Chemical residue on the ceiling.
According to the information provided to Ms. White by Mr. Brown and confirmed by contract, Grandma’s Secret Recipe/MightyMight was applied to all exposed surfaces by high-pressure spraying and foaming in the interior of the structure. It was also “fogged” into the central heat system ducting. Application of the product began Dec. 20, 2012. The product was first applied to the upstairs and half of the main level of the residence. According to Ms. White, Mr. Brown’s equipment then malfunctioned and the application stopped. The crew returned to the property on Jan. 6, 2013 to apply the product to the other half of the main level, the basement and the HVAC duct work.
Debris on windowsill.
Evidence of the Grandma’s Secret Recipe/MightyMight chemical still remained, jelled on the walls, ceilings and fixtures; approximately 32 days after the initial application, 15 days after the second application (yet to be removed). Chemical residue remains on all horizontal and vertical surfaces throughout the structure. The chemical layer on the floors made it difficult for the technicians to walk the interior; the application has created an Occupational Safety & Health (OSHA) slip and fall hazard. Paint is beginning to peel from the walls due to both over saturation and the standing chemical. A warning on a distributor’s website states “Depending on the condition of the drywall or plaster painted surface after applying Grandma’s Secret Recipe some areas could bubble or blister. Most do NOT do this, but drywall or plaster with cheap paint could result in some minor drywall repairs after the application of Grandma’s Secret Recipe.” In all states that regulate clandestine drug lab decontamination, at least a two-cycle detergent washing and rinse process is required on all surfaces (most states require three). For example, Utah Administrative Code, R392 (12): “Cleaning Procedure. For all items, surfaces or materials that are identified as easily cleanable and for which the work plan indicates they will be decontaminated on site, the decontamination specialist or owner of record shall wash them with a detergent and water solution and then thoroughly rinse them. This procedure shall be repeated at least two additional times using new detergent solution and rinse water. The decontamination specialist or owner of record shall test all surfaces where decontamination on site has been attempted to verify compliance with the decontamination standards in R392-600-6(2) and R392-600-6(3).”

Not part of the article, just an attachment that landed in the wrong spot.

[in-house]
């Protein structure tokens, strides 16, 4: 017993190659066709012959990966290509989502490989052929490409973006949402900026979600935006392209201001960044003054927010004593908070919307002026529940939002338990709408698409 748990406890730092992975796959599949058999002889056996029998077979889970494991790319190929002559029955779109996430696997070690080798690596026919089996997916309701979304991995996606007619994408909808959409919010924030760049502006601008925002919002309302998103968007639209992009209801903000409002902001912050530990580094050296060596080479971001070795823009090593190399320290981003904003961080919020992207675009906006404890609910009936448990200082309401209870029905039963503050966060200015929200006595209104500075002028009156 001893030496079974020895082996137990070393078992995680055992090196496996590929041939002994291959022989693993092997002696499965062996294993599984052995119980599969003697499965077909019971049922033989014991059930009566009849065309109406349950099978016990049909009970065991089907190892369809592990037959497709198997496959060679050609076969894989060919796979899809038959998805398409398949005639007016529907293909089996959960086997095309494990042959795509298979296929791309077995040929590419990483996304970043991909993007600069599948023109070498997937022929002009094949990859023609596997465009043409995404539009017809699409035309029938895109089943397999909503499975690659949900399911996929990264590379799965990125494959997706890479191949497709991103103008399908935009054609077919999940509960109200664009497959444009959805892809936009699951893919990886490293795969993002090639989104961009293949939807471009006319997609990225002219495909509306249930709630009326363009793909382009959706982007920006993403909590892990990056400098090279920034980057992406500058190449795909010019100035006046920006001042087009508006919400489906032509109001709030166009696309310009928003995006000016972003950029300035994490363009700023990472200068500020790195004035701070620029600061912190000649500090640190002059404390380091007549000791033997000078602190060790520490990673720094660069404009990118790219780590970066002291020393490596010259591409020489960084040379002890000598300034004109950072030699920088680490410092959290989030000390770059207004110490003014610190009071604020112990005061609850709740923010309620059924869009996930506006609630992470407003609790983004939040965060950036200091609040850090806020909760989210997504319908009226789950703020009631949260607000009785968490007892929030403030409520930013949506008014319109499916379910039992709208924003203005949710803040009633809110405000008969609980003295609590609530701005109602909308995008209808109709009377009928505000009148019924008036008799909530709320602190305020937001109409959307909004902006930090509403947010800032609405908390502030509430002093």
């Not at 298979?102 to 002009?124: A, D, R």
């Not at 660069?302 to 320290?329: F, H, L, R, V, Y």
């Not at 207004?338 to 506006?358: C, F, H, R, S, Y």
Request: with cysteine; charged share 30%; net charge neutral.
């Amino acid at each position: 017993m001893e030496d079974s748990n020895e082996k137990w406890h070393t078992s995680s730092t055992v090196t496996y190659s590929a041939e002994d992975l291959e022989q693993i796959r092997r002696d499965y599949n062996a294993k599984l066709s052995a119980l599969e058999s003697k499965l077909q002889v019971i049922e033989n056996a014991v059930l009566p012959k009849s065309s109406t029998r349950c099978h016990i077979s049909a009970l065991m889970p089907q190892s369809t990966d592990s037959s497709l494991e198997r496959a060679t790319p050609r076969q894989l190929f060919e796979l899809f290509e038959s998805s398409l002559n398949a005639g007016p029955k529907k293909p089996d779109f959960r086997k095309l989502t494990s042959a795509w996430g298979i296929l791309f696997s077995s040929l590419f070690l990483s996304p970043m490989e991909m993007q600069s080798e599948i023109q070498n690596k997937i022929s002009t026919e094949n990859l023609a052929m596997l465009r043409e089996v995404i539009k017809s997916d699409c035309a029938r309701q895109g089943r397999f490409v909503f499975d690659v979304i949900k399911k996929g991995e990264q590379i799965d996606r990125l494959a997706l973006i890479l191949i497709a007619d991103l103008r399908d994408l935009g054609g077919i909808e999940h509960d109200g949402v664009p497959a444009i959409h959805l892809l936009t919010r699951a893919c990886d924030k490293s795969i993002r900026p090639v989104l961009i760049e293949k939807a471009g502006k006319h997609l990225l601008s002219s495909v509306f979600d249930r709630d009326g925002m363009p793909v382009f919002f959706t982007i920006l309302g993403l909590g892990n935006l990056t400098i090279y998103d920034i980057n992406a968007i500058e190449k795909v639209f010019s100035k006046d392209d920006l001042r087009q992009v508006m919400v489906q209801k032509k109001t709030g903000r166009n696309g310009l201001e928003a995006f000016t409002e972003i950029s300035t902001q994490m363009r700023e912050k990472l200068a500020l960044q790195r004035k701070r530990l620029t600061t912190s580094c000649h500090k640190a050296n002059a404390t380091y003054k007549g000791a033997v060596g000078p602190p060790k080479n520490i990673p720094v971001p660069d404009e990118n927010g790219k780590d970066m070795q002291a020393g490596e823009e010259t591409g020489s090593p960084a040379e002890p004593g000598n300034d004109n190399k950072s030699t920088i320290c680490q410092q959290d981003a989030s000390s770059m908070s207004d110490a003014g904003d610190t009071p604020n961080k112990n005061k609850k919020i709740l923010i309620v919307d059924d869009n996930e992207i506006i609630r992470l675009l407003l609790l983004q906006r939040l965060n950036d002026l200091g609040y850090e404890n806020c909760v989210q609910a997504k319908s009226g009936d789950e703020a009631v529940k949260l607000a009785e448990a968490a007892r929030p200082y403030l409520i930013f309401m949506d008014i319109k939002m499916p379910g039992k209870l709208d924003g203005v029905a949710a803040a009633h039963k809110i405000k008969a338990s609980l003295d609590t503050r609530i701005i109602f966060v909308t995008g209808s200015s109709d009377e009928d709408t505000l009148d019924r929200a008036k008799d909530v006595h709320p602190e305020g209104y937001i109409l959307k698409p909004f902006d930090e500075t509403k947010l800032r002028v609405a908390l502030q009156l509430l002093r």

As stated on the distributor’s website, “After one-hour dwell time, Grandma’s Secret Recipe is removed with fresh water.” It was evident to the Meth Lab Cleanup Company technicians that the surfaces “treated” with the chemical were not rinsed. The chemical product streaked through residue (both filth and potential drug production related) on the walls creating black stripes. Yellowish bubbles were dripping and congregating on the ceilings and other surfaces. It is also evident that high energy particulate air (HEPA) vacuuming did not take place prior to the treatment (an industry standard). In addition, the sheetrock in the painted rooms was not removed prior to the chemical application; a standard practice for areas where contamination has been encapsulated. Meth residue has been shown to migrate through painted surfaces; dependent on the type of paint and the application process.
Compromised building materials.
In part two of this short series appearing in the August issue, learn how Meth Lab Cleanup Company remediated all these issues, and techniques to effectively remediate illicit drug labs today.
Unremoved water heater cover.